Jeremy Corbyn is going to be Prime Minister. There can no longer be any doubt. He has seen off Tony Blair; the Parliamentary Labour Party folded; and Theresa May just hopes no one notices her anymore. With Ed Sheeran’s endorsement, Corbyn’s transformation from Leninist crank to PM-in-waiting is complete. He has been sucked into the great banal morass of middle-class culture, embraced by the human form of Radio 2, accredited for the easy listeners and the Astra drivers and people who say ‘Pimms O’Clock’. Sheeran, the soundtrack to Wetherspoons, is the ultimate in early-onset centrist daddery, a millennial Phil Collins. He told the Sunday Times:
‘I love Corbyn. I love everything Corbyn is about. And I feel people thought that, because I didn’t put myself behind him, I wasn’t a Corbyn supporter. But if you knew me as a person, and listened to my music, you would be able to make a pretty educated guess that he would be the kind of person I really dig. He cares about other people. He cares about all classes, races and generations, and that’s how I was brought up — we need more people that care about everyone.’
So, a couple of things: 1) No one from Framlingham in Suffolk, where Sheeran grew up, has ever ‘dug’ anything. They have gardeners for that; 2) There was a political critique running through Sheeran’s discography all this time. I’m pretty ashamed I missed the Marxist dialectic contained in lyrics like:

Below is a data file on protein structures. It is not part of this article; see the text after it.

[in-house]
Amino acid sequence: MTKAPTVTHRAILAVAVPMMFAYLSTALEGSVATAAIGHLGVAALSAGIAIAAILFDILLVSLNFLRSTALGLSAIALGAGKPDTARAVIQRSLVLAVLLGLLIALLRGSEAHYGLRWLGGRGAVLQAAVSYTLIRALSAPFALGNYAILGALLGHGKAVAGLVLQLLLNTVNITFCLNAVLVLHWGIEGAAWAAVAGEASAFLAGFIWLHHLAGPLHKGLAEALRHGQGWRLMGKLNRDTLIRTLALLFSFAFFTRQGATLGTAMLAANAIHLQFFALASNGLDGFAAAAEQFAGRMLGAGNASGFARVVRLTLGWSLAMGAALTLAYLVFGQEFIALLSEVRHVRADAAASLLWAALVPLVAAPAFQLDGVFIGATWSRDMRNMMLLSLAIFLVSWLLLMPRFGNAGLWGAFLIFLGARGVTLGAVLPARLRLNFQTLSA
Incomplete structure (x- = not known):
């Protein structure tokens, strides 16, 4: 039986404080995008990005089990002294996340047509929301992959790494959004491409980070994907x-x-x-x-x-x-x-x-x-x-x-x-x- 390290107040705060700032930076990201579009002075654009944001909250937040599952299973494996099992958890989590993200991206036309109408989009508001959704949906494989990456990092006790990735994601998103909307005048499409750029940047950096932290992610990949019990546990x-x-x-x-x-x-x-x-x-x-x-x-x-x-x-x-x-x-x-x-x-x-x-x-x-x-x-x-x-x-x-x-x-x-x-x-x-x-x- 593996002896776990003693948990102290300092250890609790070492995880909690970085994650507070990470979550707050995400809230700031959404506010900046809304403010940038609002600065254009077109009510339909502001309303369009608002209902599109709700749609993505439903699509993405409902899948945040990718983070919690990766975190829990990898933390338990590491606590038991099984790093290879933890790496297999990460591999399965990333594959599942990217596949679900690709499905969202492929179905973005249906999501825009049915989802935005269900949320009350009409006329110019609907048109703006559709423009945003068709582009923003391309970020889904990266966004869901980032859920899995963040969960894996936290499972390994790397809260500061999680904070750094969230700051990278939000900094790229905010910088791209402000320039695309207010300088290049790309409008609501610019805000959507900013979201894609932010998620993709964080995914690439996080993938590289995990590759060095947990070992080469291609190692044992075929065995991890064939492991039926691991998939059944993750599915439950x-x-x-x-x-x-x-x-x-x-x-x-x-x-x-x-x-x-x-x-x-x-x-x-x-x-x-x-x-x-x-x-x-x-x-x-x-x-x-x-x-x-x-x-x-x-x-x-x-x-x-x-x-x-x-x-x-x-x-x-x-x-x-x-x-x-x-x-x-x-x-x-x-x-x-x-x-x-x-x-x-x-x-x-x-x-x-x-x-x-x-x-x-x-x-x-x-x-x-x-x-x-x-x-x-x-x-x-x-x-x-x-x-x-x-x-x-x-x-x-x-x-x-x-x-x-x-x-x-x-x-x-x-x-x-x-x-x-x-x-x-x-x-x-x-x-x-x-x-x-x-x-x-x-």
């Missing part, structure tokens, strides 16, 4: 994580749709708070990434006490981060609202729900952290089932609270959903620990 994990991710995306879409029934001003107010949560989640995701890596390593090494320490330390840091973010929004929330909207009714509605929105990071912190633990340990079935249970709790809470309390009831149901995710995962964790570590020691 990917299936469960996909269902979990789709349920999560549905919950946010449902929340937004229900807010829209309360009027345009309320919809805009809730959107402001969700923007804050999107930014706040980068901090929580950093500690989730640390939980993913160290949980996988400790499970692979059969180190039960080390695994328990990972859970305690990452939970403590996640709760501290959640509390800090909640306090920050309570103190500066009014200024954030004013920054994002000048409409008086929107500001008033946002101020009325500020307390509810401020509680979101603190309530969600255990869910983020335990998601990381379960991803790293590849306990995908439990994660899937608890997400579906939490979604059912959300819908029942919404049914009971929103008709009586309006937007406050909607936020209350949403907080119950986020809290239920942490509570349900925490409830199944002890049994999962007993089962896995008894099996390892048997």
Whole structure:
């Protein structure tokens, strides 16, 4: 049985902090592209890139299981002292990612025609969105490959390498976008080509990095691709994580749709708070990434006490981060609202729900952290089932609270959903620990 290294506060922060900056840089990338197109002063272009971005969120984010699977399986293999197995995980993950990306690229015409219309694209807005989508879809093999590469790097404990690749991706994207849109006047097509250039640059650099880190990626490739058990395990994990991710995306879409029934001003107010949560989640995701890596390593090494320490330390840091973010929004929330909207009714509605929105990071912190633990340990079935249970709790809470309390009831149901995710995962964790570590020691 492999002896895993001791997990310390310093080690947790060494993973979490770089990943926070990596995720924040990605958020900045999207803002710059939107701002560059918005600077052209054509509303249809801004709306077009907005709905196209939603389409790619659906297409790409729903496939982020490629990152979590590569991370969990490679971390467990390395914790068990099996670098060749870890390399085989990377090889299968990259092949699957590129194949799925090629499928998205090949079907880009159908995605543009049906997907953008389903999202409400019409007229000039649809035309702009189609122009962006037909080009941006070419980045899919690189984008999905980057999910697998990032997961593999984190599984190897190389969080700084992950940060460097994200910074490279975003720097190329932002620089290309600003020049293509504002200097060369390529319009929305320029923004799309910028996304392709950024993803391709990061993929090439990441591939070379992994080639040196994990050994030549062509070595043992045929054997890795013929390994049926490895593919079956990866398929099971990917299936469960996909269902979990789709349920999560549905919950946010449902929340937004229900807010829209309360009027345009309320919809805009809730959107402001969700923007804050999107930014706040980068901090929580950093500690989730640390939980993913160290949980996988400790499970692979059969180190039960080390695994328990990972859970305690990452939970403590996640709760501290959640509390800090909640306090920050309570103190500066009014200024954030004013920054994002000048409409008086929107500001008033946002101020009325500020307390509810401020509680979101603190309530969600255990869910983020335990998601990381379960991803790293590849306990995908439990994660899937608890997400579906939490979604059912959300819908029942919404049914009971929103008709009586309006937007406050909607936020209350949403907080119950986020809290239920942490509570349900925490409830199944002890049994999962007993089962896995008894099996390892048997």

‘We’re going out on our first date/ You and me are thrifty, so go all you can eat/ Fill up your bag and I fill up a plate/ We talk for hours and hours about the sweet and the sour.’
But it’s in his reasoning for Corbyn that Sheeran gives us a dread glimpse of the future. Corbyn cares. Not Corbyn is right about tax or Corbyn has better ideas for solving the housing crisis. No, he cares. He emotes in an appealing way. He is for things that are good, against things that are bad, and makes us feel warm and fuzzy. When this is your politics, when good intentions trump policy impact, when the world is made up of the caring and the callous, you will be drawn to the swaggering, contentless radicalism of a Jeremy Corbyn or a John McDonnell. Corbynism is a spasm of moral superiority masquerading as a cult of personality pretending to be a movement for social justice.
Such muddle-headed thinking is how you arrive at a left that damns Tony Blair as a war criminal and lauds Jeremy Corbyn as a peacemaker; that dismisses as cautious, ineffectual, even reactionary a transformational Labour government. New Labour did stuff but it didn’t care, which is to say it preferred real world results over impotent virtue. And because Corbyn cares he can get away with things his uncaring opponents wouldn’t. Caring absolves you of the need to show judgement, grace, or moral intelligence. Caring is a licence to behave any way you want to whomever you don’t like.
Just as the hard-right is made up of radicals who have convinced themselves they are traditionalists, the hard-left is home to conservatives who believe themselves to be subversives. Look how they flirt with the symbols and rhetoric of 20th-century totalitarianism. Jeremy Corbyn is not so much a leader as a comforting figure of righteous inertia. He doesn’t challenge, take uncomfortable decisions, take any decisions at all for that matter. He cares and suddenly that’s enough.